Across California, cities like Montebello, South Pasadena and San Diego have already approved water rate increases in response to increases in wholesale water costs. Others like Bell Gardens have yet to do the same.
But not passing on the costs to customers could leave Bell Gardens, with a water system in needed upgrades and 19 years without rate hikes, to have to dig into their reserves or make cuts elsewhere.
Bell Gardens City Manager Phil Wagner told EGP declaration of a drought emergency would not have an “immediate impact” on water rates, citing the reserves from their water provider.
However advocates of the declaration say rate hikes are not the only thing people should be worried about; they should also be concerned that the quality of the water they consume may be negatively affected because the lack of new rain prevents the water stored in the reservoirs from being “recharged” after sitting undisturbed. It leads to the brownish water that Bettencourt compares to the quality of coffee from the bottom of the pot.
She says an emergency drought declaration would not only ensure that safe, clean water is transported throughout the state, but would call on the federal government to create maximum relief that could prevent this situation from happening in the future by instilling the “most relaxed system allowed under the law,” referring to the environmental laws that require a percentage of water to be allocated for wildlife under the Endangered Special Act.
She says “terrible decisions” on what to do with the water that was in the upstream reservoirs, or the surplus from the previous year, are contributing to the heightened problems today,
“If it were to rain we need to be ready to store the excess in our available reservoirs and not just let it [flow out] to the sea,” she said.
Wagner says if a drought is declared, Bell Gardens would have to be “water wise” and educate their residents to help conserve water by following “common sense” rules such as turning off the faucet while brushing teeth and reducing the use of water on lawns and cars.
Bell Gardens Assistant City Manager John E. Oropeza told EGP the city has previously taken steps to conserve water throughout the city. One example is the recycling of water for their golf course and other parks and recreation uses through efficient sprinkler systems.
But Bettencourt says the biggest impact on water conservancy will come from realizing how important the issue is in the first place, and holding elected officials accountable for exploring options to prevent droughts in the future.
The independent cities association’s president, Mario Guerra, told EGP the unanimous vote seeking a drought declaration was a “no brainer.”
“Our water is an economic [issue] both for businesses and cities,” he said.
Representing 48 cities with an estimated seven million residents, Guerra said people will see the impact “really soon” if they don’t begin conserving.
“Residents will see the affects trickle down,” Guerra said.
Bettencourt says the next step is to ensure the governor follows through on the declaration and the federal government is held accountable in making water conservancy and management in California a priority.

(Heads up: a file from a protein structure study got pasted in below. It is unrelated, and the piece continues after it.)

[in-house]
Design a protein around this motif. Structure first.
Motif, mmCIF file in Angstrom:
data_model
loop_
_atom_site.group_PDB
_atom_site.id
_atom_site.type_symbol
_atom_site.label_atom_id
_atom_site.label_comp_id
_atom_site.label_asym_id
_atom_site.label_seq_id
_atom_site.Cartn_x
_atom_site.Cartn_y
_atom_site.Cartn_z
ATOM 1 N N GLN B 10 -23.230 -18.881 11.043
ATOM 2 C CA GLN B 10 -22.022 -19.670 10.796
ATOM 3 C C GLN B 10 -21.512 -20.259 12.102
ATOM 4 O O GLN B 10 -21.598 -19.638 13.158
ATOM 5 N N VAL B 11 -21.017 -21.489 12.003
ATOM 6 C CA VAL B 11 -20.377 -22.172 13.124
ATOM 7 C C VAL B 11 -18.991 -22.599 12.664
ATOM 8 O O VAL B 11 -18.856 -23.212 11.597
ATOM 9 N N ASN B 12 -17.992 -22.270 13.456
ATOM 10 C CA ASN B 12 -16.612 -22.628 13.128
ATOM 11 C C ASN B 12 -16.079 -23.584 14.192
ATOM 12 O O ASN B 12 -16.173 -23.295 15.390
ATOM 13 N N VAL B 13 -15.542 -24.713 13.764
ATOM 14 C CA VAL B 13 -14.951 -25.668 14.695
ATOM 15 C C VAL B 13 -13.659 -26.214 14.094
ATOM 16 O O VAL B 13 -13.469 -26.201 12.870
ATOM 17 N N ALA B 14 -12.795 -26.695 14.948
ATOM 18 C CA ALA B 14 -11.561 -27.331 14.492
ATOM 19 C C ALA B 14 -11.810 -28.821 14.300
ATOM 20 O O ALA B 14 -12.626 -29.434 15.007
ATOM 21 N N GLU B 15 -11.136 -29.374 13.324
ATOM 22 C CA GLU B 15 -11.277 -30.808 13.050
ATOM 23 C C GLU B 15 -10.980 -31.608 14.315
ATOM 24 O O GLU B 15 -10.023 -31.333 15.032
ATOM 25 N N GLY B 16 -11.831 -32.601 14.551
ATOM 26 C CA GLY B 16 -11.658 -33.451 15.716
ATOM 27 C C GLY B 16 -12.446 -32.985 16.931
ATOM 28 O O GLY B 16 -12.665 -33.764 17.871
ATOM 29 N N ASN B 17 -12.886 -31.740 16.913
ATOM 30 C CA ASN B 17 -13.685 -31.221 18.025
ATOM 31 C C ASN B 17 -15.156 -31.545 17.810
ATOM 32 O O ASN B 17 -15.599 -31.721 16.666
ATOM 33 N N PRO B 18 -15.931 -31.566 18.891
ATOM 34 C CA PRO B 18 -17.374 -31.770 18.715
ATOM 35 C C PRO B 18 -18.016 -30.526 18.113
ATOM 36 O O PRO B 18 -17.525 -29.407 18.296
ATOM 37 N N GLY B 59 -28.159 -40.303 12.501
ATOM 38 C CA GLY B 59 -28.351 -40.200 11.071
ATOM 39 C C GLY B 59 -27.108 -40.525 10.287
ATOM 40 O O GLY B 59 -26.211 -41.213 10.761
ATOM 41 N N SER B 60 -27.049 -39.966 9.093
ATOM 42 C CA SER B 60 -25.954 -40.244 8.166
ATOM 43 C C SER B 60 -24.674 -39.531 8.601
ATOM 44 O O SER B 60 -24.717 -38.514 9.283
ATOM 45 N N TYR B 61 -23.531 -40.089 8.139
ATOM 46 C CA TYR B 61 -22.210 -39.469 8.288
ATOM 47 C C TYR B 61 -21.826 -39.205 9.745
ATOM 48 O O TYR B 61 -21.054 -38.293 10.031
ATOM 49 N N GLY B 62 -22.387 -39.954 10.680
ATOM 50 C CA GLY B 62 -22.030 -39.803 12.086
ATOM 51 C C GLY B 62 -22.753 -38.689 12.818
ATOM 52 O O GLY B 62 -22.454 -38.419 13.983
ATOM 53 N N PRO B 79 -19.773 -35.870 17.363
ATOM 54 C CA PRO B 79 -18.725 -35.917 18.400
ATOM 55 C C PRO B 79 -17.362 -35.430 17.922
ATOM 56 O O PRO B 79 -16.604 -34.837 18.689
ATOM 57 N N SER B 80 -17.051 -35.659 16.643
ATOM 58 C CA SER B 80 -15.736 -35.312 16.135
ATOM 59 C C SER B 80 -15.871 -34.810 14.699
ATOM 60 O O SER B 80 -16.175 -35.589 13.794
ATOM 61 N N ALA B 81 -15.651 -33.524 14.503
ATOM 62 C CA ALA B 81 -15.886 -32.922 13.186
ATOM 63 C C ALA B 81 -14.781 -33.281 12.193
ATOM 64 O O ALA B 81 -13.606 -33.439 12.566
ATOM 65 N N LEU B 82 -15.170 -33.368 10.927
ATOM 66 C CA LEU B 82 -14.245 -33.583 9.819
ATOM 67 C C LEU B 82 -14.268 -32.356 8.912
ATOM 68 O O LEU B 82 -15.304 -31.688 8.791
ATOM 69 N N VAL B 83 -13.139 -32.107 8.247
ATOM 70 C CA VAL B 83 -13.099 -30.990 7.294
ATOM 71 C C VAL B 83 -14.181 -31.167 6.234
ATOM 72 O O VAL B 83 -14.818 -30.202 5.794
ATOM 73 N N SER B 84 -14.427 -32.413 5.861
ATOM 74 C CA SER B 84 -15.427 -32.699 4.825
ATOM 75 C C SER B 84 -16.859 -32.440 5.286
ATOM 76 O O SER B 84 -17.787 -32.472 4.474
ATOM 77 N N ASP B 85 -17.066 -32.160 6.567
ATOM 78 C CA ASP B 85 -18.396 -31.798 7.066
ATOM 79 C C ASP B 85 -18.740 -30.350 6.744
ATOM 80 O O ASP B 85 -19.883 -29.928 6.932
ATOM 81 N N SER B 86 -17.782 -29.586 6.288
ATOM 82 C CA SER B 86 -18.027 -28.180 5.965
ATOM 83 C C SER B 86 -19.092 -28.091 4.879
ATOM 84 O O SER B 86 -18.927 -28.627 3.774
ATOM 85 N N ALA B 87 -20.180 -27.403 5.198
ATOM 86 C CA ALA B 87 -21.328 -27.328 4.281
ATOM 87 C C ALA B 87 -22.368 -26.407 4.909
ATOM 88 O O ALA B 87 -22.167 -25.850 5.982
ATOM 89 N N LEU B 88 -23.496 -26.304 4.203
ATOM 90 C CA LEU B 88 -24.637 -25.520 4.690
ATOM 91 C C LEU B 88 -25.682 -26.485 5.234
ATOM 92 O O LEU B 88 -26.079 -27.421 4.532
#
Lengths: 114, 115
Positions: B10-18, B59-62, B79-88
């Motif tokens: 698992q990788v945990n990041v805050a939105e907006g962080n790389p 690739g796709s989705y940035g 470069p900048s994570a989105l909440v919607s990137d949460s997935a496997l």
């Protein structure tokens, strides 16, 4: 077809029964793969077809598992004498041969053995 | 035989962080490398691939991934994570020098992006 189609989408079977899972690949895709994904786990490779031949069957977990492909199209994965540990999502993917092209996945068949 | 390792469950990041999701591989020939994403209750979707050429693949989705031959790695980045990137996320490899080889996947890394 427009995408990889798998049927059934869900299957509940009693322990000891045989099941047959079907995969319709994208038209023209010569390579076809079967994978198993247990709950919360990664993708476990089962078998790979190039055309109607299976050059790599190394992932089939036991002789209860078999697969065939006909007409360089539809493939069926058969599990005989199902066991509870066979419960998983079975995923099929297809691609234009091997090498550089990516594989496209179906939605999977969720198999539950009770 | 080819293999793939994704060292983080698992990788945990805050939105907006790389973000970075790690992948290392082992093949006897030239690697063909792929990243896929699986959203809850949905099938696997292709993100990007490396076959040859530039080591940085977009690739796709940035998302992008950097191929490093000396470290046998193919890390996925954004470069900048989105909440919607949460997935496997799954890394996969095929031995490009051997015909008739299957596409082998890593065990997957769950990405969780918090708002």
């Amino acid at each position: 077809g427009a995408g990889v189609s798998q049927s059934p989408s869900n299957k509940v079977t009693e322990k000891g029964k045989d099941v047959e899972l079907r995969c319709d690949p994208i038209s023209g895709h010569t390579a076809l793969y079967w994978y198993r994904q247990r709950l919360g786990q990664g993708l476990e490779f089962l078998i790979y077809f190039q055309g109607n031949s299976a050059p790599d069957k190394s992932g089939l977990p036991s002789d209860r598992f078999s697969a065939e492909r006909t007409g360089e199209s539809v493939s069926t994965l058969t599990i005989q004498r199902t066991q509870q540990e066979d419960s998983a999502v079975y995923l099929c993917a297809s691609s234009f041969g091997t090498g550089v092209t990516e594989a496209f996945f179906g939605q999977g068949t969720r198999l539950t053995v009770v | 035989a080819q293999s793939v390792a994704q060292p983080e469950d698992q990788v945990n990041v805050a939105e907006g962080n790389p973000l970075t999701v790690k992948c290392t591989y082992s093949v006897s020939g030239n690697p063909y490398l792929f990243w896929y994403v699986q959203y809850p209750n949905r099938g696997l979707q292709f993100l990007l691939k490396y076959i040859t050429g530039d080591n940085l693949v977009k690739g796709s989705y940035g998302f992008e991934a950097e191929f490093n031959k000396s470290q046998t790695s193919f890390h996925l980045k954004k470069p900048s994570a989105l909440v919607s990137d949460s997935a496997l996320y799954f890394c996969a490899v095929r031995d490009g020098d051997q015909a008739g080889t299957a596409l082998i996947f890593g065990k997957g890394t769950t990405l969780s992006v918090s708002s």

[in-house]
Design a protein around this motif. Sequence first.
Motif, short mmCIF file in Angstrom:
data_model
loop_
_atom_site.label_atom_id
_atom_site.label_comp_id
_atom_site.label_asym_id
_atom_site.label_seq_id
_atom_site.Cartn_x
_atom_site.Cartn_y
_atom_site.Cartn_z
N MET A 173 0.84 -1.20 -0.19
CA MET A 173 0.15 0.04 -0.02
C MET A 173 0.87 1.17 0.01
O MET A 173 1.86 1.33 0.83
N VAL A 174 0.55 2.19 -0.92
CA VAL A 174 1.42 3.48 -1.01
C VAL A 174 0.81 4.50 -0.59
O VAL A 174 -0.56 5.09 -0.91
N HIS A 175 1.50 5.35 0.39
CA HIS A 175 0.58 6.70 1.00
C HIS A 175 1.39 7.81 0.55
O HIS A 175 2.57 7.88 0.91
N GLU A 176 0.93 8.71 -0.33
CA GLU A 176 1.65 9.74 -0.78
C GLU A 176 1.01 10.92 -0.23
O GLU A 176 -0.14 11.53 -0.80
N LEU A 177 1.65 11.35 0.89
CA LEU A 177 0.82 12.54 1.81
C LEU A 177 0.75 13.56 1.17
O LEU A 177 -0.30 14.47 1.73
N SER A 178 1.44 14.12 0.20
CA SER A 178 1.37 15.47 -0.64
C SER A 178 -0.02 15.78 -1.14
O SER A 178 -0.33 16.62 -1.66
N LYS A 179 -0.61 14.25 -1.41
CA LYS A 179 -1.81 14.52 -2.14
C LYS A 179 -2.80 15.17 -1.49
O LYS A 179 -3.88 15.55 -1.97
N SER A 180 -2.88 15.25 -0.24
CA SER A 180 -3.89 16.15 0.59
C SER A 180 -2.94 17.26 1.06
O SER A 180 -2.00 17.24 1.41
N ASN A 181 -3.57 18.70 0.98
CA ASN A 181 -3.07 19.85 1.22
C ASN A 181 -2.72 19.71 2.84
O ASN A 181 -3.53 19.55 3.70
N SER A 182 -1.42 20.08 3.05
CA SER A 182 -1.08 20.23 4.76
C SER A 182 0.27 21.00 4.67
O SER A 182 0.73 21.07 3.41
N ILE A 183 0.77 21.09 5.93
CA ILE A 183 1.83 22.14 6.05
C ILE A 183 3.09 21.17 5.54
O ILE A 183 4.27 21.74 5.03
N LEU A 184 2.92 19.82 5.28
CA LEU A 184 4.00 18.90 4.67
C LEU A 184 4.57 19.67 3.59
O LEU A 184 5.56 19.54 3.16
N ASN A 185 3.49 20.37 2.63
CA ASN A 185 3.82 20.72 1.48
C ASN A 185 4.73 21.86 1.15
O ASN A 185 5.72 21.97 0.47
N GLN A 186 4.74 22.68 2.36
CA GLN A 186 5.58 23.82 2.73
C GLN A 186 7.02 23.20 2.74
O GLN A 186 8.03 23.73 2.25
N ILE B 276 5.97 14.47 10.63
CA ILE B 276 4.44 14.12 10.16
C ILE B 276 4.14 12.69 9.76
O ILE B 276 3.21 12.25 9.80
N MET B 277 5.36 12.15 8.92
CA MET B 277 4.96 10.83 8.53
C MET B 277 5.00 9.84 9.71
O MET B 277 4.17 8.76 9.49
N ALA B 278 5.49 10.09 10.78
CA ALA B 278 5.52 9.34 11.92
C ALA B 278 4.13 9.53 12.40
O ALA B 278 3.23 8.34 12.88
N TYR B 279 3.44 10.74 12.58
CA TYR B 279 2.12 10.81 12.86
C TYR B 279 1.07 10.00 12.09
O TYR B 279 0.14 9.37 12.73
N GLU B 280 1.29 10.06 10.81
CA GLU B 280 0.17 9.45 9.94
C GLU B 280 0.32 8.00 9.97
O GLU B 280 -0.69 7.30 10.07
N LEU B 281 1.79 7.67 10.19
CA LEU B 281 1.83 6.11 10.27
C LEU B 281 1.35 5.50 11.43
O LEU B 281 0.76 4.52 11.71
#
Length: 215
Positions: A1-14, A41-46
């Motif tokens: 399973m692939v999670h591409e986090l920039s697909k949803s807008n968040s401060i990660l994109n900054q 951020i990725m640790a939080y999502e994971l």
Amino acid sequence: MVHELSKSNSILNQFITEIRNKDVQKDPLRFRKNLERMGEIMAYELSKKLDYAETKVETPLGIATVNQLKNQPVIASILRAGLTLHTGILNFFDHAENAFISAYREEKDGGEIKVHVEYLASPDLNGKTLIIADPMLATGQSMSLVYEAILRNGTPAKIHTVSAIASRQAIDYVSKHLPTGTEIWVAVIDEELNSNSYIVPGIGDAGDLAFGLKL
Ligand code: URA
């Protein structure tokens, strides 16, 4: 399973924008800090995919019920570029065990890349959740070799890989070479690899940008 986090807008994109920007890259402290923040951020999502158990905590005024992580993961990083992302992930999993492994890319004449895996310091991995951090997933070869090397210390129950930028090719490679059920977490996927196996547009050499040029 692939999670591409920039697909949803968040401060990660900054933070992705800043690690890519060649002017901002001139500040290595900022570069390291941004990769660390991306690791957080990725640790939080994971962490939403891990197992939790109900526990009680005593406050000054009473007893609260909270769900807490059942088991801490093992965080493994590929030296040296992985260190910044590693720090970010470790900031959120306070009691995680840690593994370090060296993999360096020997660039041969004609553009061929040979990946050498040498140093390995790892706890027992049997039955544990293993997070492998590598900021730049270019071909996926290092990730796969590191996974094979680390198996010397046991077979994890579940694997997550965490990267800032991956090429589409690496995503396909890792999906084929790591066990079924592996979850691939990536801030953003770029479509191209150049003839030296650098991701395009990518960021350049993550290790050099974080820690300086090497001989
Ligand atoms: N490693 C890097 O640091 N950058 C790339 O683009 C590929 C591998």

“The first six months are so critical in seeing what will happen during the dry season,” she said. “This is crunch time.”
The granddaughter of a migrant worker and founder of a Los Angeles bank was nominated by President Barack Obama yesterday to lead the Small Business Administration.
Maria Contreras-Sweet, 58, founded ProAmerica Bank in 2006 to cater to small- and mid-sized Latino-owned businesses. The job of SBA Administrator, which has been vacant since last year, is a cabinet-level position and requires confirmation by the Senate.
Prior to opening the bank, Contreras-Sweet was the first Latina to hold a state cabinet position, serving as secretary of the California Business, Transportation and Housing Agency. She oversaw 42,000 employees and a budget of $14 billion during her five years in the position.
Contreras-Sweet also helped found private-equity firm Fortius Holdings, served on the Board of Blue Cross of California and was an equity partner in the 7UP/RC Bottling Co.
“Maria knows how hard it is to get started on a business – the grueling hours, the stress, the occasional self-doubt – although I have not yet seen self-doubt out of Maria,” Obama said. “So not only did she start small businesses, but those have also been her customers, and she understands all too often that the lack of access to capital means a lack of opportunity.”
Contreras-Sweet, “whose mother worked long hours to support Maria and her five siblings,” has personally experienced the “challenges that working families and recent immigrants face,” Obama said.
Contreras-Sweet, born in Guadalajara, Mexico, moved with her family at age 5 to the Los Angeles area, where her mother worked in an El Monte chicken-packaging plant.
According to Obama, Contreras-Sweet said her grandmother, who toiled as a migrant worker in Mexico, told her that if she “worked hard, studied, stayed in school, that someday” she would get to work as an office secretary and “really make her proud.”